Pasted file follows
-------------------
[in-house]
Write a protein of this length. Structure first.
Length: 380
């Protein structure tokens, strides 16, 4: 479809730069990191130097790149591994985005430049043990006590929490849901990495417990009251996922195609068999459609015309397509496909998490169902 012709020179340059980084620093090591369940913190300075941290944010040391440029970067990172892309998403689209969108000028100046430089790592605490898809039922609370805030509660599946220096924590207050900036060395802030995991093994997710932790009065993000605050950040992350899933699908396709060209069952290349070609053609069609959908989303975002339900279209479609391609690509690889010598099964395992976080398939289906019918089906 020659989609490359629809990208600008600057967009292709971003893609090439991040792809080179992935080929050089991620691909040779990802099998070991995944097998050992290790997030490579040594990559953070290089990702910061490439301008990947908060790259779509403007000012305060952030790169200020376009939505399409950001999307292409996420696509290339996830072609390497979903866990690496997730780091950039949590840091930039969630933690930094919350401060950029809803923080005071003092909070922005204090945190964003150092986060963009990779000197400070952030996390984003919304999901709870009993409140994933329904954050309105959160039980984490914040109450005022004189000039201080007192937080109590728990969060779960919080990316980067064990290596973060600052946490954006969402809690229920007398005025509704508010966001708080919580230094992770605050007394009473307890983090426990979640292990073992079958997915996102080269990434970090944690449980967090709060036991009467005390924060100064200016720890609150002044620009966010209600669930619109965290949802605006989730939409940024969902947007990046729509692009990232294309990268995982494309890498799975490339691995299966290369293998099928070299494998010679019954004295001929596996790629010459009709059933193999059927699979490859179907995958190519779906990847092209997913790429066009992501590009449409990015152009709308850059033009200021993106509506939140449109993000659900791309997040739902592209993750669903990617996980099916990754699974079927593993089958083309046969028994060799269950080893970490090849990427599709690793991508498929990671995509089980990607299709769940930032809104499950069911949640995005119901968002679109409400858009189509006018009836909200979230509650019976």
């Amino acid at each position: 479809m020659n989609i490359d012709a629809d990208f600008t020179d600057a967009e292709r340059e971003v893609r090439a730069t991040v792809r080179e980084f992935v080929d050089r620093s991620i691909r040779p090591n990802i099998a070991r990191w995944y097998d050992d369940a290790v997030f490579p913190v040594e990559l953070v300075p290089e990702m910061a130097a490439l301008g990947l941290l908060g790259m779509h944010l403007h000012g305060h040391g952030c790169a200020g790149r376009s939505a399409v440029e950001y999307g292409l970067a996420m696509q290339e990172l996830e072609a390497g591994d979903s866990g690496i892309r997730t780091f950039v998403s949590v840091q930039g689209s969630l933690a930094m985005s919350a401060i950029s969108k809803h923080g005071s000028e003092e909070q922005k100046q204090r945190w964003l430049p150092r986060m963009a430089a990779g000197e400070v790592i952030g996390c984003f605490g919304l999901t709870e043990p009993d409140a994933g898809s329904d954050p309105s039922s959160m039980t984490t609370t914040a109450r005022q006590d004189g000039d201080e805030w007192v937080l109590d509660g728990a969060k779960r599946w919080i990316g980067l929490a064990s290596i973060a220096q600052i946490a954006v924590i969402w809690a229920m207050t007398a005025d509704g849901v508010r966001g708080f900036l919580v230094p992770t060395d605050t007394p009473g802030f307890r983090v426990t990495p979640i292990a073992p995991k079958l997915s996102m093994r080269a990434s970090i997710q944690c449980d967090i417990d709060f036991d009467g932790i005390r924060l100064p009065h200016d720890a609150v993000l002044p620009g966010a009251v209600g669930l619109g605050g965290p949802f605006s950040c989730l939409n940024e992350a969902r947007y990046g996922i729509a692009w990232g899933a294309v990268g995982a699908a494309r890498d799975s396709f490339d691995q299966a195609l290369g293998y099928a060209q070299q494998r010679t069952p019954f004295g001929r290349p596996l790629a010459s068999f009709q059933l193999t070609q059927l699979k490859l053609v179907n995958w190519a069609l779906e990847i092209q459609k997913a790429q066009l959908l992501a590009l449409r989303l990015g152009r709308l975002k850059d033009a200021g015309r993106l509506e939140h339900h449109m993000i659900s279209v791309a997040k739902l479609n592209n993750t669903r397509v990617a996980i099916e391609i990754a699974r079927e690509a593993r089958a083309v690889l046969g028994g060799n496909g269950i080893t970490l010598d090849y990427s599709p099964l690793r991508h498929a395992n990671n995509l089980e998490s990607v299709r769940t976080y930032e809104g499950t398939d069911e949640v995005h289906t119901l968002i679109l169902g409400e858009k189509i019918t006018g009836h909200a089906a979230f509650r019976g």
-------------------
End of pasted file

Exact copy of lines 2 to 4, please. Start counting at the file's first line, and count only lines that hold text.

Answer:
Write a protein of this length. Structure first.
Length: 380
């Protein structure tokens, strides 16, 4: 479809730069990191130097790149591994985005430049043990006590929490849901990495417990009251996922195609068999459609015309397509496909998490169902 012709020179340059980084620093090591369940913190300075941290944010040391440029970067990172892309998403689209969108000028100046430089790592605490898809039922609370805030509660599946220096924590207050900036060395802030995991093994997710932790009065993000605050950040992350899933699908396709060209069952290349070609053609069609959908989303975002339900279209479609391609690509690889010598099964395992976080398939289906019918089906 020659989609490359629809990208600008600057967009292709971003893609090439991040792809080179992935080929050089991620691909040779990802099998070991995944097998050992290790997030490579040594990559953070290089990702910061490439301008990947908060790259779509403007000012305060952030790169200020376009939505399409950001999307292409996420696509290339996830072609390497979903866990690496997730780091950039949590840091930039969630933690930094919350401060950029809803923080005071003092909070922005204090945190964003150092986060963009990779000197400070952030996390984003919304999901709870009993409140994933329904954050309105959160039980984490914040109450005022004189000039201080007192937080109590728990969060779960919080990316980067064990290596973060600052946490954006969402809690229920007398005025509704508010966001708080919580230094992770605050007394009473307890983090426990979640292990073992079958997915996102080269990434970090944690449980967090709060036991009467005390924060100064200016720890609150002044620009966010209600669930619109965290949802605006989730939409940024969902947007990046729509692009990232294309990268995982494309890498799975490339691995299966290369293998099928070299494998010679019954004295001929596996790629010459009709059933193999059927699979490859179907995958190519779906990847092209997913790429066009992501590009449409990015152009709308850059033009200021993106509506939140449109993000659900791309997040739902592209993750669903990617996980099916990754699974079927593993089958083309046969028994060799269950080893970490090849990427599709690793991508498929990671995509089980990607299709769940930032809104499950069911949640995005119901968002679109409400858009189509006018009836909200979230509650019976």